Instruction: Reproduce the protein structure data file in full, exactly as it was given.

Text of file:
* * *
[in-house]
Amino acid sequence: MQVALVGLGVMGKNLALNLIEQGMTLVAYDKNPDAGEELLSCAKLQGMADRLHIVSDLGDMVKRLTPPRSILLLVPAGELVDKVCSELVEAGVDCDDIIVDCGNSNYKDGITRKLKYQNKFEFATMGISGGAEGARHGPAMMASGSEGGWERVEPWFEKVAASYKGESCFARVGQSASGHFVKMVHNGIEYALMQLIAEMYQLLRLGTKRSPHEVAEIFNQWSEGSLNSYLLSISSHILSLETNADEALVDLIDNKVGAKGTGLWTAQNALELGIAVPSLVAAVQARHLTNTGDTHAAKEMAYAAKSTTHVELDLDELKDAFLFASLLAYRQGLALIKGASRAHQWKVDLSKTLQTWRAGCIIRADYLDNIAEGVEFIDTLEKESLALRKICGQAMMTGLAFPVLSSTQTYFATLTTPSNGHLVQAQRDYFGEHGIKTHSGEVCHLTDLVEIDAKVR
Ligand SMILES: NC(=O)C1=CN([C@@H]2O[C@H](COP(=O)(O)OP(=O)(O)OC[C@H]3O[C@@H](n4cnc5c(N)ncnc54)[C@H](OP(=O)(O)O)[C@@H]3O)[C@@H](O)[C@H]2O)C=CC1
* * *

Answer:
[in-house]
Amino acid sequence: MQVALVGLGVMGKNLALNLIEQGMTLVAYDKNPDAGEELLSCAKLQGMADRLHIVSDLGDMVKRLTPPRSILLLVPAGELVDKVCSELVEAGVDCDDIIVDCGNSNYKDGITRKLKYQNKFEFATMGISGGAEGARHGPAMMASGSEGGWERVEPWFEKVAASYKGESCFARVGQSASGHFVKMVHNGIEYALMQLIAEMYQLLRLGTKRSPHEVAEIFNQWSEGSLNSYLLSISSHILSLETNADEALVDLIDNKVGAKGTGLWTAQNALELGIAVPSLVAAVQARHLTNTGDTHAAKEMAYAAKSTTHVELDLDELKDAFLFASLLAYRQGLALIKGASRAHQWKVDLSKTLQTWRAGCIIRADYLDNIAEGVEFIDTLEKESLALRKICGQAMMTGLAFPVLSSTQTYFATLTTPSNGHLVQAQRDYFGEHGIKTHSGEVCHLTDLVEIDAKVR
Ligand SMILES: NC(=O)C1=CN([C@@H]2O[C@H](COP(=O)(O)OP(=O)(O)OC[C@H]3O[C@@H](n4cnc5c(N)ncnc54)[C@H](OP(=O)(O)O)[C@@H]3O)[C@@H](O)[C@H]2O)C=CC1